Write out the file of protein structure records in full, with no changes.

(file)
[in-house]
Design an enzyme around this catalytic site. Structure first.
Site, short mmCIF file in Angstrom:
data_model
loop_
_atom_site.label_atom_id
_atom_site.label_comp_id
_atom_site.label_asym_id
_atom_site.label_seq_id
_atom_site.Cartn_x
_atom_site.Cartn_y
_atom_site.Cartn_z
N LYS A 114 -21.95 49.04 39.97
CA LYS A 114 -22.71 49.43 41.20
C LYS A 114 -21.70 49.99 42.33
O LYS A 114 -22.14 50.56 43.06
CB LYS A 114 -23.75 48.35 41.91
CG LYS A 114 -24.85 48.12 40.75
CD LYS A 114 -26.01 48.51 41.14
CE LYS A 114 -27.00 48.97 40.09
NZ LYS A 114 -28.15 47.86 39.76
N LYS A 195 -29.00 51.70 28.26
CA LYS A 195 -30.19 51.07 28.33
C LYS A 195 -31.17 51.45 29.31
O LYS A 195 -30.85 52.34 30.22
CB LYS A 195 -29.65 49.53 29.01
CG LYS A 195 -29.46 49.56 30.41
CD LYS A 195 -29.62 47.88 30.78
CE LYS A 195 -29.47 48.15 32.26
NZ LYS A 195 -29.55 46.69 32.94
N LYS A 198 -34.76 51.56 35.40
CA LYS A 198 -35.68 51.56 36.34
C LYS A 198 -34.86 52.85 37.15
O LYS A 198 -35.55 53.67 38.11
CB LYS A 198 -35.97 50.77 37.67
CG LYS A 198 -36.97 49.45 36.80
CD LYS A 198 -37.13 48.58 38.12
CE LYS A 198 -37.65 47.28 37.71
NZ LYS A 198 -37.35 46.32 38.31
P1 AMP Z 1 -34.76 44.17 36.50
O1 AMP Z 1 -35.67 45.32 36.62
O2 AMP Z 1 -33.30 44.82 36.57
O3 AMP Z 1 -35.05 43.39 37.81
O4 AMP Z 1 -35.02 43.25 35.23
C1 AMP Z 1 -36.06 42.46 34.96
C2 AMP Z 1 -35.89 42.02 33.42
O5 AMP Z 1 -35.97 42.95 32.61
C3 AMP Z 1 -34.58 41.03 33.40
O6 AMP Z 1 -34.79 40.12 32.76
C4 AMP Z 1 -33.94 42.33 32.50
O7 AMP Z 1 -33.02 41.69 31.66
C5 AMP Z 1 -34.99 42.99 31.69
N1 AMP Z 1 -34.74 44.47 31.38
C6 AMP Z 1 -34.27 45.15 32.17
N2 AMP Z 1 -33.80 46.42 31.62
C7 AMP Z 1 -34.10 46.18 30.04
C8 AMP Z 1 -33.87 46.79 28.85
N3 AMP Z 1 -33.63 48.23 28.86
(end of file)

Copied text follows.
[in-house]
Design an enzyme around this catalytic site. Structure first.
Site, short mmCIF file in Angstrom:
data_model
loop_
_atom_site.label_atom_id
_atom_site.label_comp_id
_atom_site.label_asym_id
_atom_site.label_seq_id
_atom_site.Cartn_x
_atom_site.Cartn_y
_atom_site.Cartn_z
N LYS A 114 -21.95 49.04 39.97
CA LYS A 114 -22.71 49.43 41.20
C LYS A 114 -21.70 49.99 42.33
O LYS A 114 -22.14 50.56 43.06
CB LYS A 114 -23.75 48.35 41.91
CG LYS A 114 -24.85 48.12 40.75
CD LYS A 114 -26.01 48.51 41.14
CE LYS A 114 -27.00 48.97 40.09
NZ LYS A 114 -28.15 47.86 39.76
N LYS A 195 -29.00 51.70 28.26
CA LYS A 195 -30.19 51.07 28.33
C LYS A 195 -31.17 51.45 29.31
O LYS A 195 -30.85 52.34 30.22
CB LYS A 195 -29.65 49.53 29.01
CG LYS A 195 -29.46 49.56 30.41
CD LYS A 195 -29.62 47.88 30.78
CE LYS A 195 -29.47 48.15 32.26
NZ LYS A 195 -29.55 46.69 32.94
N LYS A 198 -34.76 51.56 35.40
CA LYS A 198 -35.68 51.56 36.34
C LYS A 198 -34.86 52.85 37.15
O LYS A 198 -35.55 53.67 38.11
CB LYS A 198 -35.97 50.77 37.67
CG LYS A 198 -36.97 49.45 36.80
CD LYS A 198 -37.13 48.58 38.12
CE LYS A 198 -37.65 47.28 37.71
NZ LYS A 198 -37.35 46.32 38.31
P1 AMP Z 1 -34.76 44.17 36.50
O1 AMP Z 1 -35.67 45.32 36.62
O2 AMP Z 1 -33.30 44.82 36.57
O3 AMP Z 1 -35.05 43.39 37.81
O4 AMP Z 1 -35.02 43.25 35.23
C1 AMP Z 1 -36.06 42.46 34.96
C2 AMP Z 1 -35.89 42.02 33.42
O5 AMP Z 1 -35.97 42.95 32.61
C3 AMP Z 1 -34.58 41.03 33.40
O6 AMP Z 1 -34.79 40.12 32.76
C4 AMP Z 1 -33.94 42.33 32.50
O7 AMP Z 1 -33.02 41.69 31.66
C5 AMP Z 1 -34.99 42.99 31.69
N1 AMP Z 1 -34.74 44.47 31.38
C6 AMP Z 1 -34.27 45.15 32.17
N2 AMP Z 1 -33.80 46.42 31.62
C7 AMP Z 1 -34.10 46.18 30.04
C8 AMP Z 1 -33.87 46.79 28.85
N3 AMP Z 1 -33.63 48.23 28.86